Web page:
Although the media is full of talk about the imminent legalization of the possession of small amounts of marihuana in Canada, the reality is that we may still be at least a couple of years away from legislation coming into force, that growing or selling your own marihuana will probably remain offences, and that courts will continue to be clogged with those accused of possessing, selling, producing or importing a host other recreational pharmaceuticals.
Being investigated, charged or going through the court process for a drug offence can be a very stressful life event. I served for many years as a Federal Crown drug prosecutor, and now defend those being investigated for or charged with drug offences. I've trained the police on how to properly draft and execute drug search warrants and wiretaps, make drug-related arrests and take statements from those implicated in drug offence. I've even published a series of books called The Investigator's Legal Handbook related to these issues. Being well informed is your best defence to a drug charge. Here I give you the four tips you need to follow to survive a drug charge or investigation.
Tip 1 - Say Nothing other than Identifying Yourself
Don't say anything to the police, other than giving them your correct name. And if you're driving, you're going to need to produce a driver's licence, vehicle insurance and registration documents.
Don't try to talk your way out of the situation. Don't deny anything. Don't admit to anything. Don't agree to let the police search anywhere. But follow their directions and be polite to them.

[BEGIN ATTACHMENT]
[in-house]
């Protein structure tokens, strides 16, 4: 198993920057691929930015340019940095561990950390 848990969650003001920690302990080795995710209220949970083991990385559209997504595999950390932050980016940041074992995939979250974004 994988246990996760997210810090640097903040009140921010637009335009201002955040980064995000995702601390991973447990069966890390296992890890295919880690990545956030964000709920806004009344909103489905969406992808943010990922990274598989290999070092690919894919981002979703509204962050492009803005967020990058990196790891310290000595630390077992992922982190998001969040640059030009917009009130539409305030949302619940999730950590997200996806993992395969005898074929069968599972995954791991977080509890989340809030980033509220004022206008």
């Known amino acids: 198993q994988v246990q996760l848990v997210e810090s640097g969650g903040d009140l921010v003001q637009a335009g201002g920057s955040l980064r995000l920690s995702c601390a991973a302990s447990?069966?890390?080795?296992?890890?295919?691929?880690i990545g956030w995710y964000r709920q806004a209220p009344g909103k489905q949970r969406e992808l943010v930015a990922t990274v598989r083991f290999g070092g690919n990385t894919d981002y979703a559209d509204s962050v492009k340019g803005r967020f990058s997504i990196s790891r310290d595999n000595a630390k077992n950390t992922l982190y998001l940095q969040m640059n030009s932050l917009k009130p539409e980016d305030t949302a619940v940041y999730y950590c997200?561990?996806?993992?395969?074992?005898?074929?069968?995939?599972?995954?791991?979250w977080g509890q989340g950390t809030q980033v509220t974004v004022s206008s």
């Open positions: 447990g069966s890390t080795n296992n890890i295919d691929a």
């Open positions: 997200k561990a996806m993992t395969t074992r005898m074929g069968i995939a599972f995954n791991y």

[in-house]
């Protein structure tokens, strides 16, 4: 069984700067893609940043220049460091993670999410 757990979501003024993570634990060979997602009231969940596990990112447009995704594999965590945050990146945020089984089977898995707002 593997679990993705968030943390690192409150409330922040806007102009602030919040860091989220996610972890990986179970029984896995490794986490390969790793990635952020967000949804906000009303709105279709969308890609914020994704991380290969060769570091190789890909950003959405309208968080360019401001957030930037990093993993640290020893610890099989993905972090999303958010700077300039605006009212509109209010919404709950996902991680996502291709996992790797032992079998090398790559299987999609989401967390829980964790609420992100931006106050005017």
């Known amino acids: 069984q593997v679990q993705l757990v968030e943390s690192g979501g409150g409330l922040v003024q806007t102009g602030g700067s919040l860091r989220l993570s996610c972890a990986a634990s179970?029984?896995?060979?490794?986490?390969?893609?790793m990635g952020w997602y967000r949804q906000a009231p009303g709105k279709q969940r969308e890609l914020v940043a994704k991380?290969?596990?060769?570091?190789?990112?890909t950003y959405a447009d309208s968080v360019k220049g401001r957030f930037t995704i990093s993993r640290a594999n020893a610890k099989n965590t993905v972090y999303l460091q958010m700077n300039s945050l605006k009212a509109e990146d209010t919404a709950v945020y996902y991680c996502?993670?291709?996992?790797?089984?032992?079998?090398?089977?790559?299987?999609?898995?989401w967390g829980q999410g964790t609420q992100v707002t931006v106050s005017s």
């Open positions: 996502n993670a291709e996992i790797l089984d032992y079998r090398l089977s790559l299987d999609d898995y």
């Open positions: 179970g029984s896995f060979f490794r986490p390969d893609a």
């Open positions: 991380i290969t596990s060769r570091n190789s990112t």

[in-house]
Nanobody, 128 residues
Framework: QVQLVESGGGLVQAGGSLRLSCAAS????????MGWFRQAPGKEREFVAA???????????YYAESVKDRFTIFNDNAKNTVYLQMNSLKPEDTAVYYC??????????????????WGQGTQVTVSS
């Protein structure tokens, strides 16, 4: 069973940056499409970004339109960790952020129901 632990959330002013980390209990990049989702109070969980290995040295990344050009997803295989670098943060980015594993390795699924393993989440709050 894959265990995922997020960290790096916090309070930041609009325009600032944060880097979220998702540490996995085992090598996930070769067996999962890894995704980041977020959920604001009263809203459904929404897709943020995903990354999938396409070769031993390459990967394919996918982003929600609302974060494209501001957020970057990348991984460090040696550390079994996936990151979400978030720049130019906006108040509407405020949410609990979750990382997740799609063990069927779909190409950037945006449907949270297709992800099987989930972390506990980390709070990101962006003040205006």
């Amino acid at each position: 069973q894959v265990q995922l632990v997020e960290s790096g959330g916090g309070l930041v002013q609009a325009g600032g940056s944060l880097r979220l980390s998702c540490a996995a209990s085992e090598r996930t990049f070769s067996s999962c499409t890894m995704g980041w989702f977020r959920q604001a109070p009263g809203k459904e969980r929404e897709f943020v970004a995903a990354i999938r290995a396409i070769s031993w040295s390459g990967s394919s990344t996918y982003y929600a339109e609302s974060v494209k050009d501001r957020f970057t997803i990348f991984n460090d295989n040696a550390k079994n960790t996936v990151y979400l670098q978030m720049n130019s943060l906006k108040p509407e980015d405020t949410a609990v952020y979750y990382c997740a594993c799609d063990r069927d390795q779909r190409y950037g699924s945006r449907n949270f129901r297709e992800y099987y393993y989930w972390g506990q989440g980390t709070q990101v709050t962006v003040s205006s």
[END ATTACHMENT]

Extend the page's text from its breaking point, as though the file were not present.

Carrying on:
Whatever you say will be used against you later. Even if you deny everything, that could later be used against you. Trust me. I've seen it all before.
Regardless of whether you're walking along the street, driving in a vehicle, or sitting at home watching television, when the police come knocking, say nothing. Follow this tip, and the police will only be left with evidence of what they find or don't find. What others say or don't say about you usually doesn't count for anything in a criminal court drug trial, unless it's a police agent or police officer who is testifying. But what you personally have told the police counts for a lot.
Don't think even if the police aren't making a recording of what you're saying, or aren't writing it down in a little black notebook, that it can't later be used against you. Say nothing. That's your right, so take full advantage of that right.
However, don't try to obstruct the police in doing their jobs. If they've got a warrant to search your house, let them get on with their job of searching. Let your lawyer later figure out if it was a valid or invalid warrant. But you don't need to point anything out to the police. Resist identifying items for the police, even if the police tell you that will save on their messing up your house.
Same thing in a vehicle - no need to hand anything over. If they're going to search your vehicle, they will search. Nothing you say or don't say will change things, as tempting as it might be to say something.
Likewise if you're walking down the street. Don't become trapped by the "have you got anything on you that you shouldn't have?" question. And its companion request: "if you do, hand it over." Many of my clients assume that by being cooperative, the police will just let the matter drop and send them on their way. But often what happens is that they've dug themselves into a self-incrimination hole and get charged with drug offences. Whereas if they had said and done nothing (other than giving their names), the police may have had no legal authority to search.
Tip 2 - Talk to a Lawyer ASAP
In some personal disputes, lawyering up early on only aggravates the dispute. But being criminally investigated or charged is a completely different situation. There, you'll want to consult a lawyer as soon as possible.